Komodo hacked its own clients to protect them from cryptocurrency theft

Komodo exploited a vulnerability in its app Agama Wallet to protect its customers from cryptocurrency theft worth of $13 million

Komodo hacks its own clients due to a flaw in Agama Wallet appKomodo hacks its clients' Bitcoin and KMB cryptocurrency wallets to save them from being stolen by hackers

A very unusual thing happened in the cryptocurrency world in the past few days – Komodo, a cryptocurrency wallet provider, hacked its own customers![1] However, the firm is not trying to rob its own clientele – it is trying to protect them from money loss. Komodo was forced to take such a drastic action after discovering a critical vulnerability in its Agama Wallet application.

If Komodo had not transferred around 8 million KMD and 96 BTC (worth $13 million combined) to its own wallet address, this money might have been stolen by malicious actors.[2] The organization is using the Versus variant of Agama which does not include the vulnerability and says that those who did not have their funds transferred and if he/she is not using the Versus version, all money needs to be taken out immediately.[3]

The flaw allows hackers to steal important credentials and send keys through remote servers

Komodo states that every user can be refunded and receive their money back. Furthermore, the organization provided the two wallet addresses the transferred cryptocurrency is kept: 1GsdquSqABxP2i7ghUjAXdtdujHjVYLgqk for Bitcoins, and RSgD2cmm3niFRu2kwwtrEHoHMywJdkbkeF for Komodo cryptocurrency.[4] Komodo also claims that the refund process will start with those who have less than 7777 KMD in their accounts:

The reclaim process will begin with wallets that had less than 7777 KMD in them and are undisputed (meaning that only one missing funds claim was made for that wallet).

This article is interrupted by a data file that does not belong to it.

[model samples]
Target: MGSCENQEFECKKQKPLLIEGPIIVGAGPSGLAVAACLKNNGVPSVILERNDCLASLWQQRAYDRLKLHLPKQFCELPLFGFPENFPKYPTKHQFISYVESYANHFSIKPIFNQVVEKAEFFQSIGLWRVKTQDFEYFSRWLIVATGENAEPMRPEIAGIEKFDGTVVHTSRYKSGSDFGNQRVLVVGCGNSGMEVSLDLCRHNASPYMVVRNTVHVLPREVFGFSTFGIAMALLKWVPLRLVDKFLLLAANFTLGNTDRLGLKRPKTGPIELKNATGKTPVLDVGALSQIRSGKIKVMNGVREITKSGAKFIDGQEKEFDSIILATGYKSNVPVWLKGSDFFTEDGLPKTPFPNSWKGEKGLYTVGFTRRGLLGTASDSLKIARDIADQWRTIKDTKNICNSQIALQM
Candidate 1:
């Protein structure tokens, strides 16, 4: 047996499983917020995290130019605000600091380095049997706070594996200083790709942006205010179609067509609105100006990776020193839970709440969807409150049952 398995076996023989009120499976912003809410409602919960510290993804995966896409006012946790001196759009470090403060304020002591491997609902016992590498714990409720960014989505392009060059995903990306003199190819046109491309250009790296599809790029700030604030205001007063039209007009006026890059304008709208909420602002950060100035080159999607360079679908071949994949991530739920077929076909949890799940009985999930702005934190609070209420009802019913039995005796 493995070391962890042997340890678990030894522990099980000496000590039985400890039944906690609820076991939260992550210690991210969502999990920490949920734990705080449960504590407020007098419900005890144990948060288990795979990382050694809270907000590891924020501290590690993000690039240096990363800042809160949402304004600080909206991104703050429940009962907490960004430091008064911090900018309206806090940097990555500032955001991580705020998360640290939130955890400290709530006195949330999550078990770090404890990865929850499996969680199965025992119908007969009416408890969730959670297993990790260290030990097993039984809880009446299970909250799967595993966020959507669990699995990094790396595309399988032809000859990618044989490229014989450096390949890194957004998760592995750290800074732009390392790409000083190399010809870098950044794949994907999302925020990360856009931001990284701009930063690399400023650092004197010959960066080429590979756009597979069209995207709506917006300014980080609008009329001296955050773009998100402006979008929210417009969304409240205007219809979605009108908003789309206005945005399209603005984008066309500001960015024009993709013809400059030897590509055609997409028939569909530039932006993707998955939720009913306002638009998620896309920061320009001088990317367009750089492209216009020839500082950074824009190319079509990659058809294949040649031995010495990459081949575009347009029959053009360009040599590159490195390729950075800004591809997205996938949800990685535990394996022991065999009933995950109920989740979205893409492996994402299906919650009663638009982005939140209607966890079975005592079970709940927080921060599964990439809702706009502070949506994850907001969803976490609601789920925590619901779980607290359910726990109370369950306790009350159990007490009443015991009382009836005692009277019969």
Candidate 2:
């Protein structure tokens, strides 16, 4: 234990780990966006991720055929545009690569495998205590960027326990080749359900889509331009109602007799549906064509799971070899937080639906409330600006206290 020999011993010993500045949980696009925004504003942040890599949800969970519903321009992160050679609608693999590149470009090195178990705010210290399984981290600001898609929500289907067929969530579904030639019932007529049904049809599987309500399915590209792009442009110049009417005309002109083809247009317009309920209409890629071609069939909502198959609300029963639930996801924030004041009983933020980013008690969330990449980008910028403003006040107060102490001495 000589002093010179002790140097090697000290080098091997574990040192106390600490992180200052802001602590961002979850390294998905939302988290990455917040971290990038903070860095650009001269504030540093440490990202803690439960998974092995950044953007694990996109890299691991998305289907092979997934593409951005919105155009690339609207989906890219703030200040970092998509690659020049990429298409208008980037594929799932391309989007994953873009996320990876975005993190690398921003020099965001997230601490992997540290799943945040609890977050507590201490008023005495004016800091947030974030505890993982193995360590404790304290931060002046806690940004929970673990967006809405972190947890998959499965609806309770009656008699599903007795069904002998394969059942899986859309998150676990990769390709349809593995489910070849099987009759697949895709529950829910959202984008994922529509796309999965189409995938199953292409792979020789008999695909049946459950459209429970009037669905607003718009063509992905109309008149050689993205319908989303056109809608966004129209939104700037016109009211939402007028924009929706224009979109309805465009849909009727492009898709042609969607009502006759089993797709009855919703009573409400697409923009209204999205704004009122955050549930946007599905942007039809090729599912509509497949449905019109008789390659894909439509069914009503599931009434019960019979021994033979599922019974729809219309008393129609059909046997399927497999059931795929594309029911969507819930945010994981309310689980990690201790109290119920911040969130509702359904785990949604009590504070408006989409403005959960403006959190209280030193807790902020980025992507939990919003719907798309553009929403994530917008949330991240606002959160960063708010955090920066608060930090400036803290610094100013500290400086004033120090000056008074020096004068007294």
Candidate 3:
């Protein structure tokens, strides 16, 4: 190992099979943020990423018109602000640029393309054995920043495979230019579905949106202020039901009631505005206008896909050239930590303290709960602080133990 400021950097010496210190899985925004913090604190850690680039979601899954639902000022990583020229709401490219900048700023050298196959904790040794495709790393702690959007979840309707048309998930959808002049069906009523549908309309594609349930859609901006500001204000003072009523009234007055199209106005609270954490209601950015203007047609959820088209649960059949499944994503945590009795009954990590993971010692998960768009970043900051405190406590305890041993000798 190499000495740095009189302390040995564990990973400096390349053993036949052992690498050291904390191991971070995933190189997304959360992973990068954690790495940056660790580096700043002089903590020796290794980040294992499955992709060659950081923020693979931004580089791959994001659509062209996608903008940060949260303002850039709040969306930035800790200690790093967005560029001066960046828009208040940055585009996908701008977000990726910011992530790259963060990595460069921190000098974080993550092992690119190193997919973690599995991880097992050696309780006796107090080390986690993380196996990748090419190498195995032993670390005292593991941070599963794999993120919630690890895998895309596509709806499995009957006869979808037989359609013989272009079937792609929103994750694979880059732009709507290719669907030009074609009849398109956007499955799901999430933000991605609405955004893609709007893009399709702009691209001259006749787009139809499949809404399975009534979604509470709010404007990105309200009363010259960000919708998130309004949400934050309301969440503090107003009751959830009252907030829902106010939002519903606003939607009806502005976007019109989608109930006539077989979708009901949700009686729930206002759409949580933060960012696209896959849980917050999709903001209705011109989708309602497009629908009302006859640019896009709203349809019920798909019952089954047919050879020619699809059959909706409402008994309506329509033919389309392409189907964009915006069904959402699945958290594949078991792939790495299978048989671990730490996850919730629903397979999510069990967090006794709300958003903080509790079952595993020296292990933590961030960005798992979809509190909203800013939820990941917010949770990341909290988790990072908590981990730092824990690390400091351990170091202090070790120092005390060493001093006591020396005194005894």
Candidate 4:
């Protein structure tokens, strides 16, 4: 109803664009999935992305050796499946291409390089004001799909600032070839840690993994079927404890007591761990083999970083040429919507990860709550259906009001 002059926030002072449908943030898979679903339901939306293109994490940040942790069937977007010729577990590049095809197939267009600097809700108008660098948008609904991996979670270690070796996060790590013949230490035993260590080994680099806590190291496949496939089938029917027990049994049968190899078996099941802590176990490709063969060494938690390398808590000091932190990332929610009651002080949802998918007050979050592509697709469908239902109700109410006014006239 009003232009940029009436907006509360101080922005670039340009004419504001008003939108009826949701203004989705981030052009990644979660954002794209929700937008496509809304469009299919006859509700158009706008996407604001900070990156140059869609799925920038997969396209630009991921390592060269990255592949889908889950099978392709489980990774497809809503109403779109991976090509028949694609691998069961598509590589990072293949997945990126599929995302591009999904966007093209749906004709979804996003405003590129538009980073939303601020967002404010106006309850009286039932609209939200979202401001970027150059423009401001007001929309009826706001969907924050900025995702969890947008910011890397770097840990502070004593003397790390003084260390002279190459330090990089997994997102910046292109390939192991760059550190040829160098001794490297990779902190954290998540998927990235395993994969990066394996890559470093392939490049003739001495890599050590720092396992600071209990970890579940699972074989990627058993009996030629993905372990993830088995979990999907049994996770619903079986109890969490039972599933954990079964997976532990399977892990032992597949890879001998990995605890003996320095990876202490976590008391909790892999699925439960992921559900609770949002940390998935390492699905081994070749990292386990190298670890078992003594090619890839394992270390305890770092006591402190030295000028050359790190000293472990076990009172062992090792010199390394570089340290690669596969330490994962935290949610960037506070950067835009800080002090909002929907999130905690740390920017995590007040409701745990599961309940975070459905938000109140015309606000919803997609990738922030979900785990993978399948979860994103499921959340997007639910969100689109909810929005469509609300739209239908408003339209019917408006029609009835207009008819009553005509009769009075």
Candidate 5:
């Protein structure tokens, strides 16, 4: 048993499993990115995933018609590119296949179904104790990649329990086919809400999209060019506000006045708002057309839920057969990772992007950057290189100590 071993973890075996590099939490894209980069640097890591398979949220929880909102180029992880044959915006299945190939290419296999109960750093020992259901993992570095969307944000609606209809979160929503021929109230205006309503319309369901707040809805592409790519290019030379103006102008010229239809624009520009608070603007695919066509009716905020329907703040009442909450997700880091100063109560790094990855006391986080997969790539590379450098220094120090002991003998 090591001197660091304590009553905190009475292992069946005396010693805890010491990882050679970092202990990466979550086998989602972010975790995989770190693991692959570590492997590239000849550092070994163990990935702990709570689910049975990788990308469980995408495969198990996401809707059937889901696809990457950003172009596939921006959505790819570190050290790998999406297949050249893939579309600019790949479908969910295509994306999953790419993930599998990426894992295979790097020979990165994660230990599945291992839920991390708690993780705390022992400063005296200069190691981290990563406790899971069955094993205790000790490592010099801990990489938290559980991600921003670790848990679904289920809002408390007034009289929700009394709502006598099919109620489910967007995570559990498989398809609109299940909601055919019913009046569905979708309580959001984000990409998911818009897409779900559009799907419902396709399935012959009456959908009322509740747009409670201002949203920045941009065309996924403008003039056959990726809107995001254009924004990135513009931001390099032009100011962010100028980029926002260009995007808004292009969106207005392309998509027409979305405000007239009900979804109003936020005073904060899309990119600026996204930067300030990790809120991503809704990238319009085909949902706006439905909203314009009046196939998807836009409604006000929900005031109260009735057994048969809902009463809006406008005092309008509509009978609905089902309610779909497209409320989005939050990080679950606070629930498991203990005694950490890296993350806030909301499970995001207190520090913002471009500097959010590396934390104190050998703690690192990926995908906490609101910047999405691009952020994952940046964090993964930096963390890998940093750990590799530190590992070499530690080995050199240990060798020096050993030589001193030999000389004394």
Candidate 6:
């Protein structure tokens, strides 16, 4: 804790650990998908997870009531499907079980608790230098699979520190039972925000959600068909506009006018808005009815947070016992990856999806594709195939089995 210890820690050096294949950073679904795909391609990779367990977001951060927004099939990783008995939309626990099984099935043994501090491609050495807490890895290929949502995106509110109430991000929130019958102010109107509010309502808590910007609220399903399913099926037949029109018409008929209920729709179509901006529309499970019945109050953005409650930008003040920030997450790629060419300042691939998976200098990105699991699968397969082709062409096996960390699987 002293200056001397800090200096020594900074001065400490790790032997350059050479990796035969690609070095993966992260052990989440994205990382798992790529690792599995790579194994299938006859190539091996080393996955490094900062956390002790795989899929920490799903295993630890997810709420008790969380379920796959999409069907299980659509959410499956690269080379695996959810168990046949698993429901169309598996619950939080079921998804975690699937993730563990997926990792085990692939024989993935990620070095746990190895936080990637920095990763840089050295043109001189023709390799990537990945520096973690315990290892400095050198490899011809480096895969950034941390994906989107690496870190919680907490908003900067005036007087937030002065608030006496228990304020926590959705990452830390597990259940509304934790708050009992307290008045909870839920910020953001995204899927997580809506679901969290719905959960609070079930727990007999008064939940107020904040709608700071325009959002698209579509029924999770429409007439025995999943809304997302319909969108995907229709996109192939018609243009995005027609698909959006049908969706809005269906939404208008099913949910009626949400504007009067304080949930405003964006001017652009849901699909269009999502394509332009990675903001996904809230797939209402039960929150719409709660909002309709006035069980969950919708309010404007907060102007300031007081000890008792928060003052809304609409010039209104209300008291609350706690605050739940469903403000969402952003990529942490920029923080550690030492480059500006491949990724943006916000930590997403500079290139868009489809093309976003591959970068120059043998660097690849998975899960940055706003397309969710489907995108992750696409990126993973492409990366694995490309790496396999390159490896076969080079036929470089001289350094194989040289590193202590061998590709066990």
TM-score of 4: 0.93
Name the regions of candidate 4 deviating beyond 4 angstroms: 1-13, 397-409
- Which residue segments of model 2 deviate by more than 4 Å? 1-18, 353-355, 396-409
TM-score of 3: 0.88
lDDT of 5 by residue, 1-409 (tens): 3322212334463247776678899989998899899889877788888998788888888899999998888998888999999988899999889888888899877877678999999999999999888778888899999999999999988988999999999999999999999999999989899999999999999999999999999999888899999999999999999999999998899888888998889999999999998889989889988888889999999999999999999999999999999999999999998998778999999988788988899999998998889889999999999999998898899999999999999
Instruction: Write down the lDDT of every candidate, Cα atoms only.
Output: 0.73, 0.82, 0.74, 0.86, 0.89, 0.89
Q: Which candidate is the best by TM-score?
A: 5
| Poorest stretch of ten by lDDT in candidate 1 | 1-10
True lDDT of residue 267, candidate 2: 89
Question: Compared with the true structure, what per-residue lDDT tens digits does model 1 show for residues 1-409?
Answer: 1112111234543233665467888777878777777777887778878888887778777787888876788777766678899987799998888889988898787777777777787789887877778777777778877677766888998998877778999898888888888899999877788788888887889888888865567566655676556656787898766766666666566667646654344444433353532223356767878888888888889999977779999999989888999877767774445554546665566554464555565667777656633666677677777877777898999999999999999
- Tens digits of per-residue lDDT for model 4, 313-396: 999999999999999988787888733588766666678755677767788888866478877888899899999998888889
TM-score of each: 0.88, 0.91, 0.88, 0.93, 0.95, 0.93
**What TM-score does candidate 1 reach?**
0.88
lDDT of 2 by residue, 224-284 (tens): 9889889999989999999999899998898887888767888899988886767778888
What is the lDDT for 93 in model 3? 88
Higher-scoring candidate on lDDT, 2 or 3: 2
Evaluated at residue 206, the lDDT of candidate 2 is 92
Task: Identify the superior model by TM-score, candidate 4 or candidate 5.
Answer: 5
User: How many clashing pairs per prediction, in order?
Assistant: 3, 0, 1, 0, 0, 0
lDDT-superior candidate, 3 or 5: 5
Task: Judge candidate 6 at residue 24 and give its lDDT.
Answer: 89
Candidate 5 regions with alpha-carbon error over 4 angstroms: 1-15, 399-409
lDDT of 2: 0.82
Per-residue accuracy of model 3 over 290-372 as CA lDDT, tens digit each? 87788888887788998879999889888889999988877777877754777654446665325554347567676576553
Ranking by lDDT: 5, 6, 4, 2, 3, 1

The malicious open-source library, based on JavaScript, is known by the name of “electron-native-notify.” This source was compromised a couple of months ago by a bad actor who installed a backdoor into it. Such component permitted to steal various login information from Agama Wallet accounts and also receive the private key (seed). The exact same technique was used by Komodo to transfer all the vulnerable funds to a safe wallet.

The flaw in Agama wallet was spotted during the audit of npm security team

This crucial security vulnerability has been first spotted by the npm cybersecurity organization which was the one to inform Komodo about its findings and is also largely responsible for saving $13 million of users funds:[5]

Yesterday, the npm, Inc. security team, in collaboration with Komodo, helped protect over $13 million USD in cryptocurrency assets as we found and responded to a malware threat targeting the users of a cryptocurrency wallet called Agama.

The company said that all the users who logged into their Agama Wallet account past April 13 this year, hen the new Agama 0.3.5 variant had been released, most likely had their wallets compromised and credentials have been exposed to cybercriminals. The risk applies to both Android and iOS mobile phone operating systems.

Luckily for those who used the Verus version of the app, their credentials are safe. This Agama wallet version is not affected by the vulnerability and does not contain the malicious library.

Komodo has reported on its official website that the investigation of this malicious attack is still ongoing and the company will post relevant updates and information about new findings. Additionally, the organization is looking forward to releasing some instructing steps for users whose funds were stolen during the malicious attack.[6]

About the author
Linas Kiguolis
Linas Kiguolis - Expert in social media

Linas Kiguolis is one of News Editors and also the Social Media Manager of 2spyware project. He is an Applied Computer Science professional whose expertise in cyber security is a valuable addition to the team.

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